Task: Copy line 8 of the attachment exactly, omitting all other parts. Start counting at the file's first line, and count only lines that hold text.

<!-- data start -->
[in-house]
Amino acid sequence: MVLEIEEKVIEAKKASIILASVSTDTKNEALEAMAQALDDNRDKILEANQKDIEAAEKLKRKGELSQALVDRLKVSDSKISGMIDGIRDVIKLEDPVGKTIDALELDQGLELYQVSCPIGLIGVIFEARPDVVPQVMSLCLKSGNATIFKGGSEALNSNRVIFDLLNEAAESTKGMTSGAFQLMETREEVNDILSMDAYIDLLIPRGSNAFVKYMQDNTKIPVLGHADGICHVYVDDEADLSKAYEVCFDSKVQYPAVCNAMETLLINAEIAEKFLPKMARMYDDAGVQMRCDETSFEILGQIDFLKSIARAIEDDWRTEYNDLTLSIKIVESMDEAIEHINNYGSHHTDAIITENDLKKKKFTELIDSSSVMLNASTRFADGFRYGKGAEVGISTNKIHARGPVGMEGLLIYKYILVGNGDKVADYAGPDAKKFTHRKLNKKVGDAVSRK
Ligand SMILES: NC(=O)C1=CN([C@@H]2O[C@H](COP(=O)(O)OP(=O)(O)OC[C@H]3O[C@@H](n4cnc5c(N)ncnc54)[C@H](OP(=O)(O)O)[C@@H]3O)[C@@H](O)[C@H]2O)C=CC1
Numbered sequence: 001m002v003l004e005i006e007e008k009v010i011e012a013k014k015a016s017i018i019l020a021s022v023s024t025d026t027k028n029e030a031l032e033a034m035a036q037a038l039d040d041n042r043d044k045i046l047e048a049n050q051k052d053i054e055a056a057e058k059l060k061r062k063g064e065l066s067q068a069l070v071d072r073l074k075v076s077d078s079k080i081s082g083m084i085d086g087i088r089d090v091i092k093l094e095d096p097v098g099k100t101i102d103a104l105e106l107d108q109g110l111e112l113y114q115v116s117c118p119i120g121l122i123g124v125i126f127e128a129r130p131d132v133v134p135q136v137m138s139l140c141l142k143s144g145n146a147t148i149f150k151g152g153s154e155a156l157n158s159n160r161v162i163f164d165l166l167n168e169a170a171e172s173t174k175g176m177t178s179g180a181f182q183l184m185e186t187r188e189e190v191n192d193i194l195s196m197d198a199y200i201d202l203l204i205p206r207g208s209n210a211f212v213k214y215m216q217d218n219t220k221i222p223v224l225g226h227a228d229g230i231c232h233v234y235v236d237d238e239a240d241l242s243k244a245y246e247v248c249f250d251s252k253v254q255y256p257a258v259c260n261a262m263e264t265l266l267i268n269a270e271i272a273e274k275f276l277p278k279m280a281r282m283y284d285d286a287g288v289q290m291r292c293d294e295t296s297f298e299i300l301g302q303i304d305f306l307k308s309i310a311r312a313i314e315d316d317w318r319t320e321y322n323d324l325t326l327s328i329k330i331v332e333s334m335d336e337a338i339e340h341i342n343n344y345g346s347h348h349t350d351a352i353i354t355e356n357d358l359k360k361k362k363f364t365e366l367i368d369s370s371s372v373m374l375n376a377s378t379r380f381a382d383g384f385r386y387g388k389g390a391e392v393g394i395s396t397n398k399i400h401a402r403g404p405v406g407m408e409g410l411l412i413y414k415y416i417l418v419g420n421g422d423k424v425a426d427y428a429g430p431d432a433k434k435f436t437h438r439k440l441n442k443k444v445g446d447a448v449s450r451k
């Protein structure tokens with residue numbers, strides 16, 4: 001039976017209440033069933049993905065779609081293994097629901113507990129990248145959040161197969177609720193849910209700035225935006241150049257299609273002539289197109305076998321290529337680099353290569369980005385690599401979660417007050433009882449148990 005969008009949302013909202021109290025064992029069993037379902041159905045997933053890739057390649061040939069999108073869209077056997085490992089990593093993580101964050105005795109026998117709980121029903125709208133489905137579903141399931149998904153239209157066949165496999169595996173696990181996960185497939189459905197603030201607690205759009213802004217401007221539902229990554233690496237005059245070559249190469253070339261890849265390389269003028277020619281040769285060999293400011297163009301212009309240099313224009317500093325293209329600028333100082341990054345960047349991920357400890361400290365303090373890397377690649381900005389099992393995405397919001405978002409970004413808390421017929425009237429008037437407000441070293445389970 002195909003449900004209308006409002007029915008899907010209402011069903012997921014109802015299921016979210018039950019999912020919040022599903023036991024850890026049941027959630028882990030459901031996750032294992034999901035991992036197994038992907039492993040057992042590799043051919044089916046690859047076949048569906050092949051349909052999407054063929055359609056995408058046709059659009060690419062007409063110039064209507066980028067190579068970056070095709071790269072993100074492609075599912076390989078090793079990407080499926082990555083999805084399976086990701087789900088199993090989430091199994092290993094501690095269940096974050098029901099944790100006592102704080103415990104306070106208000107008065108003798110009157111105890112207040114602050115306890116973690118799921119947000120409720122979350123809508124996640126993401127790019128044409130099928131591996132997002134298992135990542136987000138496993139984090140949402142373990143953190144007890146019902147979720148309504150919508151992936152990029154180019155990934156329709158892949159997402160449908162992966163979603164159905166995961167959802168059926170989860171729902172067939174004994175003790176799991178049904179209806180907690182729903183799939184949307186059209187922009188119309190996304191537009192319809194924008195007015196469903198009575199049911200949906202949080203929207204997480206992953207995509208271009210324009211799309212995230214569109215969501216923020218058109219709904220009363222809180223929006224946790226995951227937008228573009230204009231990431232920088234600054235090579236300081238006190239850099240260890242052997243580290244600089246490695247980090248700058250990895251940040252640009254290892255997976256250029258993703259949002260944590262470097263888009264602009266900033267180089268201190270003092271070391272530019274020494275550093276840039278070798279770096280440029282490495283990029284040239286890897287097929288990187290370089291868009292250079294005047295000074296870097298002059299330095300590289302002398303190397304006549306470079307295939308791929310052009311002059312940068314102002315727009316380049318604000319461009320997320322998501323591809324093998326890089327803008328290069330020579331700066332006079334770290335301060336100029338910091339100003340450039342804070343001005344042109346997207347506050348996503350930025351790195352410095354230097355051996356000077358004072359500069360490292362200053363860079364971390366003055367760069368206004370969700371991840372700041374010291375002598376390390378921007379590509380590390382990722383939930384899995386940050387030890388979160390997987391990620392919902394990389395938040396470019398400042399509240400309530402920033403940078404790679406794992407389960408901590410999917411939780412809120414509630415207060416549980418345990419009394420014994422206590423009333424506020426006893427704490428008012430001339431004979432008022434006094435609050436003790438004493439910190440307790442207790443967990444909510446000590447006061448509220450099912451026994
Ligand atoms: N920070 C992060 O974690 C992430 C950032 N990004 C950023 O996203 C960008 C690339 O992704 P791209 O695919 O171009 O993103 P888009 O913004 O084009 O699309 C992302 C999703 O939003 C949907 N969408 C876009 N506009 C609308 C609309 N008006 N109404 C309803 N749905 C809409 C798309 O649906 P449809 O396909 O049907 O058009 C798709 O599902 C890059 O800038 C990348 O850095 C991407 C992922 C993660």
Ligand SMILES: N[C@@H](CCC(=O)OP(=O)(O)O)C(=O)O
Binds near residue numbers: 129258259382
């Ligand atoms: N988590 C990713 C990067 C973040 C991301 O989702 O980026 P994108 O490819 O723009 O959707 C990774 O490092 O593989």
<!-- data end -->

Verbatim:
Binds near residue numbers: 129258259382